Vultures swoop on Argentina

February 29, 2012

Holdouts against a settlement of Argentina’s defaulted debt are opening a new front in their campaign for a juicy payout more than a decade after the biggest sovereign default on record.

Lobbyists for some of the investors who hold about $6 billion in Argentine debt are in London to persuade Britain to follow the lead of the United States, which last September decided to vote against new Inter American Development Bank and World Bank loans for Buenos Aires.

Washington believes Argentina, a member of the Group of 20, is not meeting its international obligations on a number of fronts. Apart from the dispute with private bond holders, Argentina has yet to agree with the Paris Club of official creditors on a rescheduling of about $9 billion of debt. It has refused to let the International Monetary Fund conduct a routine health check of the economy. And it has failed to comply with the judgments of a World Bank arbitration panel.

In short, Argentina is not playing by the rules of the international game, says Rob Shapiro, a former U.S. under secretary of commerce, who is now co-chair of the Argentina Task Force America.

According to its website,  the group’s aim is to “vigorously pursue” a “just and fair” reconciliation of the Argentine government’s default in December 2001 on some $95 billion of debt.

Its members and supporters include the delightfully named Montana Women Involved in Farm Economics (WIFE). Another is New York hedge fund Elliott Associates, which has bought distressed debt issued by a number of developing countries and sued them for repayment.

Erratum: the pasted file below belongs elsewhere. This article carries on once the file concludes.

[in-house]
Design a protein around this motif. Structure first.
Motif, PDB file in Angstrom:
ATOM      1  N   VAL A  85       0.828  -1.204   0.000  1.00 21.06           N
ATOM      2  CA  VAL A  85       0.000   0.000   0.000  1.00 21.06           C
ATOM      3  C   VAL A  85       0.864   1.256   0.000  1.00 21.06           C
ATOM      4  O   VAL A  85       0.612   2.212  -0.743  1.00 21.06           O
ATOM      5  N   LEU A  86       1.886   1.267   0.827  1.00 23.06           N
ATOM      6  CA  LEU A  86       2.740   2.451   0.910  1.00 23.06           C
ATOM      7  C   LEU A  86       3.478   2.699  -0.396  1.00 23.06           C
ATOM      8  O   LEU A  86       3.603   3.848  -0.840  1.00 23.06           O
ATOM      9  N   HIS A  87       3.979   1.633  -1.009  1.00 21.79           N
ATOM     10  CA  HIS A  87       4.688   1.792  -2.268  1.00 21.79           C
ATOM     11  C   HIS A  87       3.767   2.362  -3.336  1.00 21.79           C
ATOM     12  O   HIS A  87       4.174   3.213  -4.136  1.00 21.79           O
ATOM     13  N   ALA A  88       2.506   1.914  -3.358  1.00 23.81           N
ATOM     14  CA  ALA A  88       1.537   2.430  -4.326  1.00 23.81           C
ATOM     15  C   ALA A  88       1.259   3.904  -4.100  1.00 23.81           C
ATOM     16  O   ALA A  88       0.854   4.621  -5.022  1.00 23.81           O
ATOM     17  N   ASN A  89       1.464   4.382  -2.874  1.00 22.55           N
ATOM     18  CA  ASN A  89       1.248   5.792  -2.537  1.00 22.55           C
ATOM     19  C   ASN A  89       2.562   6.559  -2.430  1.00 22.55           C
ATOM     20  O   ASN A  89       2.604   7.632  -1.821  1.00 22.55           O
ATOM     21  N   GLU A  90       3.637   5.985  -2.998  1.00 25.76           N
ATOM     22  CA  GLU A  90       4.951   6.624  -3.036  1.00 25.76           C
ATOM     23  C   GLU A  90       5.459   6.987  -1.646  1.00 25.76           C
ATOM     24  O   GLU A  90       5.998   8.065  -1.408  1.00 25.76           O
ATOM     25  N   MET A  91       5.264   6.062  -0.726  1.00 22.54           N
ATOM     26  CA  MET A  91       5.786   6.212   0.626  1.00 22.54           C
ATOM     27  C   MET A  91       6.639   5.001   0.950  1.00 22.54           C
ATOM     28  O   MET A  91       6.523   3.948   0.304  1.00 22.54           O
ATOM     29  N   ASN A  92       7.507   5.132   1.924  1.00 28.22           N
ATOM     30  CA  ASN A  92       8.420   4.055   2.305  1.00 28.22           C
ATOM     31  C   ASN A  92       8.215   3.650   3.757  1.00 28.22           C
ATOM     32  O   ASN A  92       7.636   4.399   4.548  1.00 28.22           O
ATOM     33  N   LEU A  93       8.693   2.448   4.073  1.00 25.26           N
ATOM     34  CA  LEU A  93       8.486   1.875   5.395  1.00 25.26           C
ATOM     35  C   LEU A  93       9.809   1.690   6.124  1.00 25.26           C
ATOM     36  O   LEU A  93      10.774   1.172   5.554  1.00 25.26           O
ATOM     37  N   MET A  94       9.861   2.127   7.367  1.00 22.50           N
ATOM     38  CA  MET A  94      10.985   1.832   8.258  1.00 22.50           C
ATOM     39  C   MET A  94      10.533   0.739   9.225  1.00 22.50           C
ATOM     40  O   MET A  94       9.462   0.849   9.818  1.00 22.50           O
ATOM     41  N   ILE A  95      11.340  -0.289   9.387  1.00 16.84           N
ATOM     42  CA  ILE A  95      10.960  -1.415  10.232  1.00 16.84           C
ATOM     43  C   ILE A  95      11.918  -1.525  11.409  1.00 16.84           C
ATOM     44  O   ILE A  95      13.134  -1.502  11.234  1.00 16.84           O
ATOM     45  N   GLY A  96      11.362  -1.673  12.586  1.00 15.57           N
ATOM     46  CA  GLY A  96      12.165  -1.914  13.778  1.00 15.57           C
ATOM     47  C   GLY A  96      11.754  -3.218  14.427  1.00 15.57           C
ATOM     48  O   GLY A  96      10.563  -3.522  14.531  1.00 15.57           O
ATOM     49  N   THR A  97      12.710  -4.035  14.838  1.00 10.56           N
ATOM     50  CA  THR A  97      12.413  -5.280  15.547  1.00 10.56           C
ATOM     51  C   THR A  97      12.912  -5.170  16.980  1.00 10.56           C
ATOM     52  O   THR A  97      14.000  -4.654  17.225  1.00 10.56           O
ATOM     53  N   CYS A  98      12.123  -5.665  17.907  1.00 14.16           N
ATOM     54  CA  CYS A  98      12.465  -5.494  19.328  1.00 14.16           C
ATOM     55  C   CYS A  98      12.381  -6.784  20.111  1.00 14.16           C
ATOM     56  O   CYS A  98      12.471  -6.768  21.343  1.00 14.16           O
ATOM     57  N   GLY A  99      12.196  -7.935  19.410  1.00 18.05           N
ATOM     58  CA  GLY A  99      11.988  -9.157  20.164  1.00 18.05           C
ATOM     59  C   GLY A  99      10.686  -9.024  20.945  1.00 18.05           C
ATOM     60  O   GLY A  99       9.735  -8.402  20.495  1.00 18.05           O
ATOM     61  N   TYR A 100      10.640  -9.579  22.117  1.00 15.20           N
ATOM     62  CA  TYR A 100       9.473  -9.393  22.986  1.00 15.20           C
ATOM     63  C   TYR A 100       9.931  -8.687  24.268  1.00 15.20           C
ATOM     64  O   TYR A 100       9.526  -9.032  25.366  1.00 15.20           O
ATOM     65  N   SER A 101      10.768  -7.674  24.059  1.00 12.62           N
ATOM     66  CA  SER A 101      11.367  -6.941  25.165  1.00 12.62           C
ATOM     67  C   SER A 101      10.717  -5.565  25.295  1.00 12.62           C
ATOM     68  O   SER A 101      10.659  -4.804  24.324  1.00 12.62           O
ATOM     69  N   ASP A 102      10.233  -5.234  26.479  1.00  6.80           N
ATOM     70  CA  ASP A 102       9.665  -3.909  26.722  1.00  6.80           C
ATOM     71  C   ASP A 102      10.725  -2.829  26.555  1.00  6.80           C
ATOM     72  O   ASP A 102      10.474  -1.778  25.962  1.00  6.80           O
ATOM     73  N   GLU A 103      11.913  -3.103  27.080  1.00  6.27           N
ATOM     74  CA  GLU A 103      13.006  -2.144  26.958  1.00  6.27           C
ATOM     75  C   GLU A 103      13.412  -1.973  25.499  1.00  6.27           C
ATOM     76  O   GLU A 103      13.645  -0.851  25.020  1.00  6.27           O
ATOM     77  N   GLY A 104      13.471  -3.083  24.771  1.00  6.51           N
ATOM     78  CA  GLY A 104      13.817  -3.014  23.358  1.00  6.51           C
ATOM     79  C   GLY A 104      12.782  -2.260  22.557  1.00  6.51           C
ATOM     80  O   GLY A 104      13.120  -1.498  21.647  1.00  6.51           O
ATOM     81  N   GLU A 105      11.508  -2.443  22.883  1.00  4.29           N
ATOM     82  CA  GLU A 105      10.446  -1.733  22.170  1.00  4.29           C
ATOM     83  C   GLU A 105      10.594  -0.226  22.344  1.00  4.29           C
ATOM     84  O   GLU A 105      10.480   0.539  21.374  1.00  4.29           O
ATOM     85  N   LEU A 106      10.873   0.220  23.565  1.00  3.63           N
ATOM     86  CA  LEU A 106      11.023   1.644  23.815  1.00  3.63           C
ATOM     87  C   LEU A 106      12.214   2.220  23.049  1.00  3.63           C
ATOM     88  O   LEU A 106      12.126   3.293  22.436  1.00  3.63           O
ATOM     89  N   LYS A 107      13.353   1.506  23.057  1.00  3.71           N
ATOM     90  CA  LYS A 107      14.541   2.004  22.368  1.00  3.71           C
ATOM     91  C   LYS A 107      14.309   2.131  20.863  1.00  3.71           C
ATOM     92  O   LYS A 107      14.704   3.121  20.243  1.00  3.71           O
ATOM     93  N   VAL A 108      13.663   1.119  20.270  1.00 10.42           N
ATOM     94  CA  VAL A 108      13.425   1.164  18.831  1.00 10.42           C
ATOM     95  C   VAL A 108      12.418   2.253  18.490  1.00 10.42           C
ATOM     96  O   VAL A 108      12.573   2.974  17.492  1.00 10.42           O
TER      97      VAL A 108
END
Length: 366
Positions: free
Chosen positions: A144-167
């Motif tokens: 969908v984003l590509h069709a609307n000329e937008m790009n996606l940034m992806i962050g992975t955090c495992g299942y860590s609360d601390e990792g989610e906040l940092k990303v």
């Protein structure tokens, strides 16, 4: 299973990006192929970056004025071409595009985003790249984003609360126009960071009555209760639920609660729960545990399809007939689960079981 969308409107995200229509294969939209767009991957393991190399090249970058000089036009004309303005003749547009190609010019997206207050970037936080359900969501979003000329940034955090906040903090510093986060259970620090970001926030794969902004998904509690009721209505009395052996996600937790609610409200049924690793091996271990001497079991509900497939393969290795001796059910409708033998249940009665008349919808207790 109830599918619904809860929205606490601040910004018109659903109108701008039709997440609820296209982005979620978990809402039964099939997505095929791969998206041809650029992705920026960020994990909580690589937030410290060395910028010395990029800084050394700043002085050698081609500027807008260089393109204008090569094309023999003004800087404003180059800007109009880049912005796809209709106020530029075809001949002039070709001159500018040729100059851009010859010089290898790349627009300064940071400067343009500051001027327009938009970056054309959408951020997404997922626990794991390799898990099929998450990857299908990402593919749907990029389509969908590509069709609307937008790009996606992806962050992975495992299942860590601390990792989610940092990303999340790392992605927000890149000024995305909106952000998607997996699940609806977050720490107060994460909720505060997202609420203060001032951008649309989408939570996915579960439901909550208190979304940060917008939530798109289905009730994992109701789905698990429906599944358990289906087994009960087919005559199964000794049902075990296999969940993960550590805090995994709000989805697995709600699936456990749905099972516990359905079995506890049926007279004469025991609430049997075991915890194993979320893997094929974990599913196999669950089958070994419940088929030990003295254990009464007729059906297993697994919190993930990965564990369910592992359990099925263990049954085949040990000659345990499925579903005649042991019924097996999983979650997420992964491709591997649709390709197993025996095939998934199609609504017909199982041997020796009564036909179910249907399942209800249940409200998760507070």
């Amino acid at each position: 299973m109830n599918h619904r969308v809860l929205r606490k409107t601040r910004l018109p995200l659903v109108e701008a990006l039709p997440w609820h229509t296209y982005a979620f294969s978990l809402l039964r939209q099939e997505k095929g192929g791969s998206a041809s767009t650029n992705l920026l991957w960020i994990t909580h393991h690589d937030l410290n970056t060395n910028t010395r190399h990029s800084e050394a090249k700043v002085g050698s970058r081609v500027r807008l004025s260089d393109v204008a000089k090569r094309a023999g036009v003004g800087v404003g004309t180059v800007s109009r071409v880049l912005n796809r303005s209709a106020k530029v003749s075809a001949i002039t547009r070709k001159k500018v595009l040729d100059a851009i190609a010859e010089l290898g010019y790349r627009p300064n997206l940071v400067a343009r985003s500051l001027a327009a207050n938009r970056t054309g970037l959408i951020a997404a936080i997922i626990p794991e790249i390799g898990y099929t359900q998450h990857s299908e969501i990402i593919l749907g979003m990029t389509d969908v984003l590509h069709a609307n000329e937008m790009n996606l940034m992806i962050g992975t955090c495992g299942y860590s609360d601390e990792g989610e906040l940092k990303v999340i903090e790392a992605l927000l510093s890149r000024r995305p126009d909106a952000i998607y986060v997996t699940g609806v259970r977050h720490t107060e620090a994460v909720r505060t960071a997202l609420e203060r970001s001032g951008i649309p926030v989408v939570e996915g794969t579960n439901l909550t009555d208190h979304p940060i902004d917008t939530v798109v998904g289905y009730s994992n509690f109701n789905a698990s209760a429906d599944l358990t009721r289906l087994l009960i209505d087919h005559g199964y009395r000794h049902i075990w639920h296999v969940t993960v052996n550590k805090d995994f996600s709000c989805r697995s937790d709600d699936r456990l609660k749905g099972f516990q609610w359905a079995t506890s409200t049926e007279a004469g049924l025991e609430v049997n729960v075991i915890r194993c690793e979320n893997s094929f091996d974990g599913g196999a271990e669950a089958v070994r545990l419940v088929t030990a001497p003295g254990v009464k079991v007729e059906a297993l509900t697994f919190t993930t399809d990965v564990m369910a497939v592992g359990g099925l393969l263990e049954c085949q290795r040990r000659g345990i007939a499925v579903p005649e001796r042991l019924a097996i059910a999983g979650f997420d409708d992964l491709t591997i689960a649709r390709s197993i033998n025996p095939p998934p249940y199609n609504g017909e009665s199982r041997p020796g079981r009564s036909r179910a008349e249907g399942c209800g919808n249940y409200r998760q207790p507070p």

In 2000 Peru paid Elliott $56 million to settle a four-year fight after the hedge fund refused to accept the restructuring terms on offer.

Holders of more than 92 percent of Argentina’s debt took big losses when they participated in bond swaps in 2005 and 2010, but so-called vulture funds are not alone in holding out for more. Disgruntled Italian retail investors who punted on Argentina for its high yields are also playing a long game.

“We have no view at all as to what the outcome of negotiations should be — that is, what a payoff or what a resolution would look like – only that the process proceed in good faith,” Shapiro told reporters.

Argentina has been locked out of the international capital markets since it defaulted. Its economy is growing fast, but if it runs into trouble the standoff could come back to haunt it.

Nancy Soderberg, the group’s other-co chair and another senior official from the Clinton administration, added: “We’re not trying to isolate Argentina. We just want them to be responsible.” She penned a piece in Britain’s Daily Telegraph on Wednesday to make her case.

Whether Britain will back the United States in voting against new multilateral loans remains to be seen.

Relations between London and Buenos Aires are heading for the deep freeze as the 30th anniversary of the Falklands War approaches. An Argentine minister called on Tuesday for a boycott of UK imports, a day after two British-linked cruise ships were barred from docking in an Argentine port.

Britain’s search for oil off the South Atlantic islands, and its refusal to open talks on sovereignty, has inflamed passions in Argentina. The British government could be tempted to poke Argentina in the eye and vote with the United States.

But Britain has not forgotten how Washington kept its diplomatic distance during the Falklands war. One of the gripping scenes in the movie ‘Iron Lady’ shows Margaret Thatcher discussing Britain’s resolve to recapture the islands with U.S. Secretary of State Alexander Haig. He questions why Britain would care about islands thousands of miles away. Thatcher, quietly seething, asks why America cared about Japan’s attack on Pearl Harbor. She then offers him some tea: “Black or white?”


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